I just don’t know why cancer has to come into your life and rip your heart out. My experience knowing someone that has this illness was when I was a little girl. My Mom’s cousin had bone cancer, and I remember it being talked about in hushed tones. I went to see her in the hospital and everyone was there praying with her. I knew this was the end of her journey, and I was so scared because I couldn’t help her. Then my step Grandma who I saw in the hospital and then back in the home of my Dad and step Mom was towards the end of her life. I sang at her funeral and I felt like my heart was being twisted in a vice, as I looked at my step Mom and her sisters faces. I couldn’t imagine the pain of losing a Mother, but I felt every shred of theirs. Then time passed on and my Aunt (my step Mom’s sister) was diagnosed. It happened so quickly and it was a losing battle. I remember visiting her in the hospital and listening to her crying out in pain while I sat there by her bedside and prayed for her relief. Then it was my Dad who had two diagnosis’ of lymphoma back in 2007 and 2008. My Captain had just turned one years old when I got that dreaded phone call. I remember it like it was yesterday, dropping the phone, huddling on my bathroom floor my body rocked with my sobs. My Dad was the bravest man I’ve ever known, and he fought valiantly till the end. He has come to the city and did his radiation. Before he stayed with us he wanted to know if the affects would cause my son or us any harm. He was afraid he’d be glowing from the exposure and in his words “lit up like a Christmas tree.” We spent that week together and he would go for treatment in the morning and come back and nap I’m the afternoon. He’d wake up in time to play with his Grandson and they’d giggle and give each other nose kisses. That week is still so precious to me, and I remember it like it was yesterday. We celebrated my Captain’s birthday, and stayed up late and ate lots of cake, then drank tea and wine. I saw the sunsets and sunrises with my Dad laughing, talking, and crying. He got to see my son walking and saying his first jumble of words. I watched him be brave, in the face of this monster taking over his body. I saw how strong my step Mom was being, when my Dad would be in pain or cold from the affects of this disease. I’d see a look of worry and a furrow in her brow and it would quickly be replaced with sadness. Now to fast forward through radiation and chemo and my Dad was having his birthday and he got that call he was in remission. It was such a happy and blessed day. I remember coming home after a workshop to hear the fantastic news. Happiness was short lived as he went travelling to visit relatives and he got sick. I know he knew that this was the last stop on the road of life. He came home and much to our chagrin, to be diagnosed again. I got that phone call shortly before Halloween from my brother, and I raged, cried, and screamed. I was told I had to remain calm because Dad was going to call me, it sounded like I was in a tunnel when I heard the conversation. I remember in the summer taking the trip to the city, his appointment with the oncologist, the MRI, his name going on the experimental cancer treatment list at number 3,147. The number still etched in my brain so many years later. How could this be? It’s not possible how can his remission only last 3 months?! Well the answer came back after my Dad’s amazing Dr asked the same questions I had. There was a spot on the MRI that was missed, and just like that my world plunged into the depths of despair. My Dad was proactive and said he’ll just do chemo again and then was told by his the cancer clinic he wasn’t a candidate for a second treatment regimen. Luckily his Dr didn’t expect that so she called in favours and pulled strings, and got him to another hospital in another province. I thank God for her strength and tenacity because she gave him one more Christmas with his family. I will forever be grateful that she did that for us all . We weren’t ready to say goodbye, we never ever would be. I spent that last Christmas and nearly a month with my Dad and step Mom until he was hospitalized again. It was the scariest thing to wake up and know this was the beginning of the end for my one and only Dad. And when I was told there was no hope, I battled back and said no one could put a sentence on the power of the human spirit. That next month I spent as much time on the phone with my Dad as I lived away from him. He had his phone always busy with all six of his children. That phone call I was praying never would come, and yet it did. My Dad had taken a turn for the worst. So back we went in the frigid winter to visit for one last time. We had four days with him and he got to spend time with all his family. His brother, nephew, and his fiancée made the trip, and the phone never stopped ringing in his room. I remember seeing this beautiful painting on the wall of this hospice room. A garden overflowing with flowers and a white archway beckoning you in. I looked at the picture and saw its beauty, and I grew more angry and disillusioned looking into this heaven like image. I wanted my Dad to not go gentle into that good night. Please just rage, rage, against the dying of the light. Here I quote one of my all time favourite poems by Dynan Thomas. Who wrote this work of poetic art when his own Father was dying. I was there when the pain became too much as this monster cancer grew and took over my Dad’s body. The nurse administered a subcutaneous pain patch and then later a PSP morphine pump. I watched and I prayed and I held my Dad’s hand all day. Then one by one my siblings were there each taking their turn to say their goodbyes. The worst sound I’ve ever heard is when the morphine medication empties. The excruciating sound of the alarm still rings in my ears to this day. As we were all exhausted and numb with impending grief we slept where we dropped. I took my uncle and my nephew to my in laws home. I couldn’t have them sleeping standing up as my Dad would’ve said. I don’t remember sleeping that night, but there I was running in my dream. Running blind, running scared, wanting to cry, wail, but I didn’t dare wake up a sleeping household. My son hadn’t seen me all day, as I couldn’t leave my Dad’s side. So I got up out of bed and watched my son as he slept and I knew in that moment I would never let him forget his Geedo. The phone call came into the house and my husband answered it. I knew the minute I heard the ring, that this was goodbye. So my husband took my Uncle and my nephew to the hospital as I held my son so tight. I had to explain why I was crying because I couldn’t see my Dad anymore, and I wouldn’t again. And in his profound knowledge he said Geedo is an angel and I would be ok. I’m still in awe of that moment in time when myself as the parent became childlike. And also when I sang at my Dad’s funeral how I felt uplifted in the power of song, and fought through my grief to not lose it. And now as the night has come to a close, cancer has touched my life again As I say goodbye to a dear cousin, who has been taken much to soon. My heart hurts as family we’re all left feeling saddened in this surreal, shocking state. So I implore you hug your loved ones, and never let an opportunity pass by where they don’t know of your love. As God only lends us them for a given time, and will call them home again one day.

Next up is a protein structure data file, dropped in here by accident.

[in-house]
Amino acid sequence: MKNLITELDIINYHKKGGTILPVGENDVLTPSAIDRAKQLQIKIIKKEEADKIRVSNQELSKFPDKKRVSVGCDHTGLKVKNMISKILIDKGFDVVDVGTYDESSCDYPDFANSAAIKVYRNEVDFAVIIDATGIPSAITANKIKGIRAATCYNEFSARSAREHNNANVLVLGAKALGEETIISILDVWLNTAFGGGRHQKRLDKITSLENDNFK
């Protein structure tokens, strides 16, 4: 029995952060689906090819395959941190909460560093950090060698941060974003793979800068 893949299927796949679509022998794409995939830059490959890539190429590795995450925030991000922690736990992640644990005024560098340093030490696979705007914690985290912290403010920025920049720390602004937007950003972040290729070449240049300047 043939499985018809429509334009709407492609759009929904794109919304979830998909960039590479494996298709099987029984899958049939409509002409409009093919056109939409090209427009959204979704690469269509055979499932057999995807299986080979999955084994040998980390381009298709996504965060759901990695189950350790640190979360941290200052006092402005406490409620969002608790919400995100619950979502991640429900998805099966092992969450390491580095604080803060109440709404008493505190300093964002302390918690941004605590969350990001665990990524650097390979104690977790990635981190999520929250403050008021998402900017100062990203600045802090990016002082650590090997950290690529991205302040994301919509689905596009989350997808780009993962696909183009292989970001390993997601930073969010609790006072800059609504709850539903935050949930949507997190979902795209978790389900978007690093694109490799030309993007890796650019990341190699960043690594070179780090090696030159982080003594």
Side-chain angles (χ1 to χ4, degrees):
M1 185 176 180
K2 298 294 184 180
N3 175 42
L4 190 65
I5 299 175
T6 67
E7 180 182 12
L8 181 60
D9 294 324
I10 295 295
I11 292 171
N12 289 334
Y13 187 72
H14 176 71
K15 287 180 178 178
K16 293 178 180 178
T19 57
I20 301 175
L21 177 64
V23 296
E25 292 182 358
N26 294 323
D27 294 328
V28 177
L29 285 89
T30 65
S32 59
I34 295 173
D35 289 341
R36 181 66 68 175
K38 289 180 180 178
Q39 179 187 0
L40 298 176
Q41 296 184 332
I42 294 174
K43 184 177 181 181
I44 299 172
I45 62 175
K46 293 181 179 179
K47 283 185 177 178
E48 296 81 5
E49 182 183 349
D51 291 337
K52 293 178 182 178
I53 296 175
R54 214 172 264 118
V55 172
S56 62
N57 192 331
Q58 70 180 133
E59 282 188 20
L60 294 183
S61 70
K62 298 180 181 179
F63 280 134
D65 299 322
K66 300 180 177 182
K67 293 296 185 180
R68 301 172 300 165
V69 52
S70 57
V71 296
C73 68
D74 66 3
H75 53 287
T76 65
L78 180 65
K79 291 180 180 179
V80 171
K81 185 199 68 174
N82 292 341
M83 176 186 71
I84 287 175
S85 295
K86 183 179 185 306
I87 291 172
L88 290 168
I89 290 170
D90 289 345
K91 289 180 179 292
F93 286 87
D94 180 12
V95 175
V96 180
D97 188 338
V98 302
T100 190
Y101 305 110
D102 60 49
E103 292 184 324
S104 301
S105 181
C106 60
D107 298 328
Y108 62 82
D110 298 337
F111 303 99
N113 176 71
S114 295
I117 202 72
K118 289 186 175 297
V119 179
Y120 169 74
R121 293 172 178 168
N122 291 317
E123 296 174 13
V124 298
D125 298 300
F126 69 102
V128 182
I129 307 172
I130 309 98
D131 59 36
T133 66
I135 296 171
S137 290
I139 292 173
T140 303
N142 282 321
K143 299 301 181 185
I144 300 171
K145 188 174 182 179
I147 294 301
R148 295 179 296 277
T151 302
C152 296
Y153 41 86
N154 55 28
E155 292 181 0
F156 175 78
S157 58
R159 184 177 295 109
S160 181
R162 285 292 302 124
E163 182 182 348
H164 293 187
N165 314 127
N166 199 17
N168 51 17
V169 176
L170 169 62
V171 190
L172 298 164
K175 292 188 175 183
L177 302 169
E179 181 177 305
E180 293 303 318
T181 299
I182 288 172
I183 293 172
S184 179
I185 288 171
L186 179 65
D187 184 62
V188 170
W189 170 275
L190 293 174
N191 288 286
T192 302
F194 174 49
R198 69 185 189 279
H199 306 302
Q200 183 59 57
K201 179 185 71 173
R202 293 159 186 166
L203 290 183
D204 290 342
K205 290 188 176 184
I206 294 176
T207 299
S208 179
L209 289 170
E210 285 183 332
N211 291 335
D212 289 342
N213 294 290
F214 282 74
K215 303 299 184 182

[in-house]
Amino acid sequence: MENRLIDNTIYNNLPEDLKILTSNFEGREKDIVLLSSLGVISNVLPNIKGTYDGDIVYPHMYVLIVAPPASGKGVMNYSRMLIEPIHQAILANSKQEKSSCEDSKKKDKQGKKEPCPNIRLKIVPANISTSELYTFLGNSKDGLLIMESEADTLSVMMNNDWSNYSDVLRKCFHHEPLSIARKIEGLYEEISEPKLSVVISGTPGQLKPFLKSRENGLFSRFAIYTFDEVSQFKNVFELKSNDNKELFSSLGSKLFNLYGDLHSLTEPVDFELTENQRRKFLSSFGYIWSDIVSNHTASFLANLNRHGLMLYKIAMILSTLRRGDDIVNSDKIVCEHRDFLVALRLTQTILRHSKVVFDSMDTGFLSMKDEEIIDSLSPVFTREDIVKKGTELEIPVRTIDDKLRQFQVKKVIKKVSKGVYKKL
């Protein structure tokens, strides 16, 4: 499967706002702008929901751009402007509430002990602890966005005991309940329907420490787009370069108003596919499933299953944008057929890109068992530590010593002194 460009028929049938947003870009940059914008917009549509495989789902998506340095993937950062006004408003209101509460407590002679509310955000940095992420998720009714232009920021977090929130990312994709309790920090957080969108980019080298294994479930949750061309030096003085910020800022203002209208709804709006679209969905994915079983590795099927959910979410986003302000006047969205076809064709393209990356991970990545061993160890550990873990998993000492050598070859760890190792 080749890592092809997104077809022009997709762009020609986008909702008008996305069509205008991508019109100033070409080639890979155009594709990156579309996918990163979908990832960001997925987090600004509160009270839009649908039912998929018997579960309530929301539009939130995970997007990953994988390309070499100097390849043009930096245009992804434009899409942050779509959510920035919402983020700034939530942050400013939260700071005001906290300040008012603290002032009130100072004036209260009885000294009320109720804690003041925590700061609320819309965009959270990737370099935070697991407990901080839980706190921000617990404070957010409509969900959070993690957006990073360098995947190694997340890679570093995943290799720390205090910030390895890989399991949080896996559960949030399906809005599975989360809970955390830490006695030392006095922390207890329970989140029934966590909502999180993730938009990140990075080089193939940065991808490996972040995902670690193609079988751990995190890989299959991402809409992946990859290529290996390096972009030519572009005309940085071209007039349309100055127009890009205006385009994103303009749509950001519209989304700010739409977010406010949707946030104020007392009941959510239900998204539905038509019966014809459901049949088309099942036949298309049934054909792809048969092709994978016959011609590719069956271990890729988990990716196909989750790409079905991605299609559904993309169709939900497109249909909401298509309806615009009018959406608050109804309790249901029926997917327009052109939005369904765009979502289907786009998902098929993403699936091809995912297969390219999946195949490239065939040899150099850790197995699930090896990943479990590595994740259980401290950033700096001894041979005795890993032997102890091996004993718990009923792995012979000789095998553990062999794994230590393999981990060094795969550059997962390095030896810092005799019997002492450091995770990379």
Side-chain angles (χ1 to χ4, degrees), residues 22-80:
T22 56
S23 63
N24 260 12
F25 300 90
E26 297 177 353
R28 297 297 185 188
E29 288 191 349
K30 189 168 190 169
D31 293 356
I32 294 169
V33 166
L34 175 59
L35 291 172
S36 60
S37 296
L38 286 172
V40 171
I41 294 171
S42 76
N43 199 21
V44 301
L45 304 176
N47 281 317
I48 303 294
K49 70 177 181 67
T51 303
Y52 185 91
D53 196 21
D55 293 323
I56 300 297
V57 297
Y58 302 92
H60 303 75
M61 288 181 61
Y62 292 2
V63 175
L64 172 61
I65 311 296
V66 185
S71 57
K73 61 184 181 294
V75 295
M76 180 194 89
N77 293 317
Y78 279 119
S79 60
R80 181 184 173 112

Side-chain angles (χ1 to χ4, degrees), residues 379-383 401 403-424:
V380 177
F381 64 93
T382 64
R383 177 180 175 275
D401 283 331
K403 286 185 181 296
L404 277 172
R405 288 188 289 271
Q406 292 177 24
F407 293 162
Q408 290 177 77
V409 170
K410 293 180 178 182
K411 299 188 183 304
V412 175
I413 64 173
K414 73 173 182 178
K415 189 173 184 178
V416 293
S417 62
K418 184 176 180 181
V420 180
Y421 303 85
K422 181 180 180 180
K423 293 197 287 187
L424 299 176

- Writers quotes Wednesday